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Subject: Pele's Hair

On a recent visit to Hawaii Volcanoes National park, my son and I discoverd some of Pele's Hair in a Aa flow near Muliwai a Pele. Since I have been lead to believe that Hawaiian magma is rich in both iron and sulfur, I guessed that Pele's hair is a crystalographic variant of "fools gold" or iron pyrite. Am I close? Is its appearance in cavaties just below the surface indicating a vapor phase reaction? Nerdish minds want to know.

   Actually, Pele's hair is volcanic glass that has been stretched into thin strands by the physical pulling apart of molten material during eruptions. Most commonly it forms during fire fountain activity. I have seen it also on the surface of flows; commonly the wind blows it around and it ends up in little hollow places. Is it possible that the material you found could have got there by wind? If the pieces you found were covered by other rocks, then maybe we'll have to go back to the drawing board! But vapor phase deposition by volcanic gases is also very common. I'm not sure what the stability field of pyrite is, but it probably could form by the process you describe. The golden color of Pele's hair is, I believe, due to slight weathering effects.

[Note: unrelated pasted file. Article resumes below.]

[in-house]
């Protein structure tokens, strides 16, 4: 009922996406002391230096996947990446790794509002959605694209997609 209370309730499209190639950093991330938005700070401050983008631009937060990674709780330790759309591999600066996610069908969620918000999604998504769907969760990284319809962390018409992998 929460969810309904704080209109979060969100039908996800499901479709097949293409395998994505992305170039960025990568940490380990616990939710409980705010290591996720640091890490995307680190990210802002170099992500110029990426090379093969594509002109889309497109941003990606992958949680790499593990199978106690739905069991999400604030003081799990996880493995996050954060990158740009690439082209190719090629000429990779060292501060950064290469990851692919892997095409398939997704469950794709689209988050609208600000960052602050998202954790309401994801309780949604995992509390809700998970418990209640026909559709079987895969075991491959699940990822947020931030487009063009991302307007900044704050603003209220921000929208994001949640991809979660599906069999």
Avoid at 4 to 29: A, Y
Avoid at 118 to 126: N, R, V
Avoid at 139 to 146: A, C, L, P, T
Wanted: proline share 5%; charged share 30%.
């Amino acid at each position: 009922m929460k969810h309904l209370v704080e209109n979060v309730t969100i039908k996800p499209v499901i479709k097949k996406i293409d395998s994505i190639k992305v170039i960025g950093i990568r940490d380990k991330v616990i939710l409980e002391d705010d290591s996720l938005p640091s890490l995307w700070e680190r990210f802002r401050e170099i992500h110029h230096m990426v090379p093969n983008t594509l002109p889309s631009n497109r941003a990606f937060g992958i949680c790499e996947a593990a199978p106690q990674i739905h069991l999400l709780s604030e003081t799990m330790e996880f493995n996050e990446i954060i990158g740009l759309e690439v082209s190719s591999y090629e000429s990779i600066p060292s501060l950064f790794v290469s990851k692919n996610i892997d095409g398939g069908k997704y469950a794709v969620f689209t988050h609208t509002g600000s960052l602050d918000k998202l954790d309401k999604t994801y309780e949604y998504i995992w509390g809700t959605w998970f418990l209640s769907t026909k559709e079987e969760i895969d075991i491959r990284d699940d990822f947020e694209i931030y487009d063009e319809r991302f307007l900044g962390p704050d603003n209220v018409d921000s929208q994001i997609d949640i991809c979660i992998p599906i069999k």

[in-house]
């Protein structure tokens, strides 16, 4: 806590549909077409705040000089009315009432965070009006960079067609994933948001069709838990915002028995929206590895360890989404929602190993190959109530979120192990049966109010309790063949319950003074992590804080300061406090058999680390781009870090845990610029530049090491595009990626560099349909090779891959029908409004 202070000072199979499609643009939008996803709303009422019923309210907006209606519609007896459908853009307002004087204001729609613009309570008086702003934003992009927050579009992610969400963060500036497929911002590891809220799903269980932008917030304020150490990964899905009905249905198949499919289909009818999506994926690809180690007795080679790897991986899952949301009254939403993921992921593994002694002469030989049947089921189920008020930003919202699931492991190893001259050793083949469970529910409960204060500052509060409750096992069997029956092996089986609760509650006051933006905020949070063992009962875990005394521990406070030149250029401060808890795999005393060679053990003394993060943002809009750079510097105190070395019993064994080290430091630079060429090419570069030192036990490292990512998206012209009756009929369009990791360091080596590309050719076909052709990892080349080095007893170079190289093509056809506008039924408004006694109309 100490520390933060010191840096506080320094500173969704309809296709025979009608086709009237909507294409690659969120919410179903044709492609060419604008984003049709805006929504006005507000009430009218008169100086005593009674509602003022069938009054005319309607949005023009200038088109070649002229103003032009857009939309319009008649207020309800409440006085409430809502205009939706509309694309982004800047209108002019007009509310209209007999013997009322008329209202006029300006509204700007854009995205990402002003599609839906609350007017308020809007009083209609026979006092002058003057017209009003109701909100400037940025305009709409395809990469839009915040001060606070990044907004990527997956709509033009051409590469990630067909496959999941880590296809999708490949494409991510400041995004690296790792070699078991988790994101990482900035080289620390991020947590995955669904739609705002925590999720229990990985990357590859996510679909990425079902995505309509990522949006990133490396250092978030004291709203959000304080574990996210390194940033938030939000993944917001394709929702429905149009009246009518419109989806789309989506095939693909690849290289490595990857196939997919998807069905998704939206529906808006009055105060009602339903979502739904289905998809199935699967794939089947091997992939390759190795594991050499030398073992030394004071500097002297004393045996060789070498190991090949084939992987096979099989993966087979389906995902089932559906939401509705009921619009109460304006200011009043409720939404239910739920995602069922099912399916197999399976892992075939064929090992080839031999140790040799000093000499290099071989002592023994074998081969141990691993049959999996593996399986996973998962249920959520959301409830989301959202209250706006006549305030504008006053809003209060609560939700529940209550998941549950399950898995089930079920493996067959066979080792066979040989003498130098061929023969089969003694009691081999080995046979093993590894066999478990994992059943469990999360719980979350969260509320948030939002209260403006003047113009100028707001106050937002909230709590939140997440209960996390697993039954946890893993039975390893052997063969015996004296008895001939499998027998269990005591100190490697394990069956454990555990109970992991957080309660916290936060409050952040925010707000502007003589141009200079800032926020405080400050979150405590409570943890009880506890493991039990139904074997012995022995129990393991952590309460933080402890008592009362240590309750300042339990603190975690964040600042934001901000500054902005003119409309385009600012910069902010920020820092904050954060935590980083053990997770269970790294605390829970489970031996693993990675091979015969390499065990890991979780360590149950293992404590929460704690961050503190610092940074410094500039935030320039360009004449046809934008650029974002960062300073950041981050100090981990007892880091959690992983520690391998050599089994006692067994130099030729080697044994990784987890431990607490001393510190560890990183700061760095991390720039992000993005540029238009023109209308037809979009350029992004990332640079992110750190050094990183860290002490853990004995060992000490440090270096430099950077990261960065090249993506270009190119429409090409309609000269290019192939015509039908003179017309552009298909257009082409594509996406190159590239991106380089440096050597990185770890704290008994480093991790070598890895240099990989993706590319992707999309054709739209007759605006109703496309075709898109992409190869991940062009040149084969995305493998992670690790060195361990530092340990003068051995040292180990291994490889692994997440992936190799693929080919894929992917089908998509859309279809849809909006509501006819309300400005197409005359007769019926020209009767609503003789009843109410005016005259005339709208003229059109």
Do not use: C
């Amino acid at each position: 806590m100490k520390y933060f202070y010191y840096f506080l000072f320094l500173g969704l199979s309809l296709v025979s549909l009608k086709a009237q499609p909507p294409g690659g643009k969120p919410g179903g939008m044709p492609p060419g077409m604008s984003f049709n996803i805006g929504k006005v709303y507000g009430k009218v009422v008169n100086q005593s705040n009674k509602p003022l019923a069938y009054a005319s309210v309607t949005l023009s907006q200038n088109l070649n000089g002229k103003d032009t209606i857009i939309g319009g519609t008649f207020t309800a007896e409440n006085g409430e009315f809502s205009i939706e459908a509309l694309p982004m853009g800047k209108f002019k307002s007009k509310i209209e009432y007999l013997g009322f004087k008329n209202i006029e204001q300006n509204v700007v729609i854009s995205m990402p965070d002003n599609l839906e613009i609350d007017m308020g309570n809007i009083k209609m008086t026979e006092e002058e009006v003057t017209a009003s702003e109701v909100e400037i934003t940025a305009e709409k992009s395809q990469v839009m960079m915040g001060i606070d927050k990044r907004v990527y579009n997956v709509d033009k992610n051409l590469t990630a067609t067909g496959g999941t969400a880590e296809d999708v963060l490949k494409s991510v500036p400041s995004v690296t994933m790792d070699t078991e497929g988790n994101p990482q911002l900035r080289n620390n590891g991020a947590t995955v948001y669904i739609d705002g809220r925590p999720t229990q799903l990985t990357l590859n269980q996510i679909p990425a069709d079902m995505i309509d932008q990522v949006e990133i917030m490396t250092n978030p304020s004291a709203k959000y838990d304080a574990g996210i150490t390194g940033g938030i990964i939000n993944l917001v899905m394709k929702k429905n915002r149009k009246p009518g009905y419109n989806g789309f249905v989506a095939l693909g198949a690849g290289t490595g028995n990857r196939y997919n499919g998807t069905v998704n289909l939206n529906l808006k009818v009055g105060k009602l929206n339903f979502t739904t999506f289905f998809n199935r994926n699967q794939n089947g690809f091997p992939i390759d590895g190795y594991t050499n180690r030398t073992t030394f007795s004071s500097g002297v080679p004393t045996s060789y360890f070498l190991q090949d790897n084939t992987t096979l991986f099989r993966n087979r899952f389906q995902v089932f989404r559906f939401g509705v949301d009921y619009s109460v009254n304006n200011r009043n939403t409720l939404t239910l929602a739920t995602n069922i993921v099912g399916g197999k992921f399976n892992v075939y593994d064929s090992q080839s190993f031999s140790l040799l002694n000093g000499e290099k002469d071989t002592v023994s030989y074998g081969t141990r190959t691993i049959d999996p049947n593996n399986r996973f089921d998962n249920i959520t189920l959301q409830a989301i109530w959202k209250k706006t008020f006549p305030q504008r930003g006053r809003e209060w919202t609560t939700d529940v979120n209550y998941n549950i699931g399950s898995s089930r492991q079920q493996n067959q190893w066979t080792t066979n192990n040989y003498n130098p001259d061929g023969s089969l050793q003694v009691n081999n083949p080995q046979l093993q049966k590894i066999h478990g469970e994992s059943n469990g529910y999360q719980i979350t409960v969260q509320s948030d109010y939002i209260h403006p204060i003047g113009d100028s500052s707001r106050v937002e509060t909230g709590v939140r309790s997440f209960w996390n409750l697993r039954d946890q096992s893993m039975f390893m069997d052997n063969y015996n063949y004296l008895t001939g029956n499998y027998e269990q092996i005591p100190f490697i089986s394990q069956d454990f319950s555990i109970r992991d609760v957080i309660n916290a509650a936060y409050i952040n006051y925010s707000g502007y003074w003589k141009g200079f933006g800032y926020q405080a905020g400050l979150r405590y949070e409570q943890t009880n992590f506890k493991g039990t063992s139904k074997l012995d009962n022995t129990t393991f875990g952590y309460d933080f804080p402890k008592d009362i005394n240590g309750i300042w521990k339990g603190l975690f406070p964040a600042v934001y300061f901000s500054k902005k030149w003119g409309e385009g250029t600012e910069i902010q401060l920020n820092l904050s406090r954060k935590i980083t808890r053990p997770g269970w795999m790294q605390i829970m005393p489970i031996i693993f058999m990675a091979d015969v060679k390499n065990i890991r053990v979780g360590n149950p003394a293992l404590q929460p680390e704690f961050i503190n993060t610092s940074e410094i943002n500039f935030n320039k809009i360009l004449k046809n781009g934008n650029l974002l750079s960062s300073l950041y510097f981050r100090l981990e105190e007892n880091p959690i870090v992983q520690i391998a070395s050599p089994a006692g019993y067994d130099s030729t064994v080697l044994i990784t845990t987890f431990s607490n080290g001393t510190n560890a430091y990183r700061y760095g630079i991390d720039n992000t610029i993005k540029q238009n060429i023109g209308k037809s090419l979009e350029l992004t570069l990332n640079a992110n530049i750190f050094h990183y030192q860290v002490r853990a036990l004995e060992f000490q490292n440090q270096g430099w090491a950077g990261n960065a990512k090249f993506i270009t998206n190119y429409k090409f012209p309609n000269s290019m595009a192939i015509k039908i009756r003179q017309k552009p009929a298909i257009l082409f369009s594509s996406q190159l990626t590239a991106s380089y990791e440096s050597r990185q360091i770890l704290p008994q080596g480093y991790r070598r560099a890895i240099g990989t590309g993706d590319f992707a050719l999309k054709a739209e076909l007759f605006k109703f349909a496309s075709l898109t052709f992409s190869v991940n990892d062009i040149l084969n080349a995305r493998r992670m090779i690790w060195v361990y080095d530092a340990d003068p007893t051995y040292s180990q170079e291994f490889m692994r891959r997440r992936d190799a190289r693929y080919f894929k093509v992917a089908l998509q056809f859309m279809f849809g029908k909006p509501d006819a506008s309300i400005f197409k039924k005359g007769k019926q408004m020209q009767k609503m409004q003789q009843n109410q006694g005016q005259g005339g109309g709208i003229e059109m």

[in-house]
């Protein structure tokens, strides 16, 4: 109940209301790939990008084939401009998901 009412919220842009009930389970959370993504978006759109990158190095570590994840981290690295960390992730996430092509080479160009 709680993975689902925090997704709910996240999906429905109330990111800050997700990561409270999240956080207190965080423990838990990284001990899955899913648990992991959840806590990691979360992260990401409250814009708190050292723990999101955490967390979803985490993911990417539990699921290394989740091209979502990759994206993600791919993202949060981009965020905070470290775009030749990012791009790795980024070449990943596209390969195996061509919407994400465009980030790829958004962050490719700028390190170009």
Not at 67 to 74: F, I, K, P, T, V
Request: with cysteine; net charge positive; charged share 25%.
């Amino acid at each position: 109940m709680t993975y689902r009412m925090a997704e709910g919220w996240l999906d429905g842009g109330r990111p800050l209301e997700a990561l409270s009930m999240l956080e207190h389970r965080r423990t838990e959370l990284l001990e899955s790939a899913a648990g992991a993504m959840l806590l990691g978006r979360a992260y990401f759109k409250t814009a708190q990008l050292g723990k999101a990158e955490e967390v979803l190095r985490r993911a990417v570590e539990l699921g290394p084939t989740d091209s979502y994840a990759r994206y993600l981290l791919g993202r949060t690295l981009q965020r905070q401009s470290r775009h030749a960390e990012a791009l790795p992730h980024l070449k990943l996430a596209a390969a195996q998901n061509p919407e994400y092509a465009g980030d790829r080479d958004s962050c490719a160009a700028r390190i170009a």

Dr. Rodey Batiza, Professor
Department of Geology and Geophysics
University of Hawaii, Honolulu, HI 96822


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